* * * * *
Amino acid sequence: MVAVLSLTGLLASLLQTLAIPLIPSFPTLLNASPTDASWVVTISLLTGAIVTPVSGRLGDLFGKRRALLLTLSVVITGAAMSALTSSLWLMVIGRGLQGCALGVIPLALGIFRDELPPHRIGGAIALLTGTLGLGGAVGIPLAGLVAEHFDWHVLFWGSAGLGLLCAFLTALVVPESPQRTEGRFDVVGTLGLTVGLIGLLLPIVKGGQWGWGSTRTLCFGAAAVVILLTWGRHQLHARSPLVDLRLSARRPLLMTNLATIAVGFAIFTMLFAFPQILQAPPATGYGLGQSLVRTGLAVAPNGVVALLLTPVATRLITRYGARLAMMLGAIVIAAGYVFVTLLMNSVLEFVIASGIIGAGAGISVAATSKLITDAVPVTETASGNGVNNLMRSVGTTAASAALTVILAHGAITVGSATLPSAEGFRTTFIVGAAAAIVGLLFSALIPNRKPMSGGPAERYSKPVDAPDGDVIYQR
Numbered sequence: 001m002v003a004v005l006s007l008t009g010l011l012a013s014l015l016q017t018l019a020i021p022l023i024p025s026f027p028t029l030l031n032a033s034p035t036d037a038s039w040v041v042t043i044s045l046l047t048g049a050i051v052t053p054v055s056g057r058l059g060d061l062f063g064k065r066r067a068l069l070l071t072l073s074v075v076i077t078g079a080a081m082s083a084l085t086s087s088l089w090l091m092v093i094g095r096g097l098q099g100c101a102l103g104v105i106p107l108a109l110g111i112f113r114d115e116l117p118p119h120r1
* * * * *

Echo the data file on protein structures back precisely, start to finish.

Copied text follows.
Amino acid sequence: MVAVLSLTGLLASLLQTLAIPLIPSFPTLLNASPTDASWVVTISLLTGAIVTPVSGRLGDLFGKRRALLLTLSVVITGAAMSALTSSLWLMVIGRGLQGCALGVIPLALGIFRDELPPHRIGGAIALLTGTLGLGGAVGIPLAGLVAEHFDWHVLFWGSAGLGLLCAFLTALVVPESPQRTEGRFDVVGTLGLTVGLIGLLLPIVKGGQWGWGSTRTLCFGAAAVVILLTWGRHQLHARSPLVDLRLSARRPLLMTNLATIAVGFAIFTMLFAFPQILQAPPATGYGLGQSLVRTGLAVAPNGVVALLLTPVATRLITRYGARLAMMLGAIVIAAGYVFVTLLMNSVLEFVIASGIIGAGAGISVAATSKLITDAVPVTETASGNGVNNLMRSVGTTAASAALTVILAHGAITVGSATLPSAEGFRTTFIVGAAAAIVGLLFSALIPNRKPMSGGPAERYSKPVDAPDGDVIYQR
Numbered sequence: 001m002v003a004v005l006s007l008t009g010l011l012a013s014l015l016q017t018l019a020i021p022l023i024p025s026f027p028t029l030l031n032a033s034p035t036d037a038s039w040v041v042t043i044s045l046l047t048g049a050i051v052t053p054v055s056g057r058l059g060d061l062f063g064k065r066r067a068l069l070l071t072l073s074v075v076i077t078g079a080a081m082s083a084l085t086s087s088l089w090l091m092v093i094g095r096g097l098q099g100c101a102l103g104v105i106p107l108a109l110g111i112f113r114d115e116l117p118p119h120r1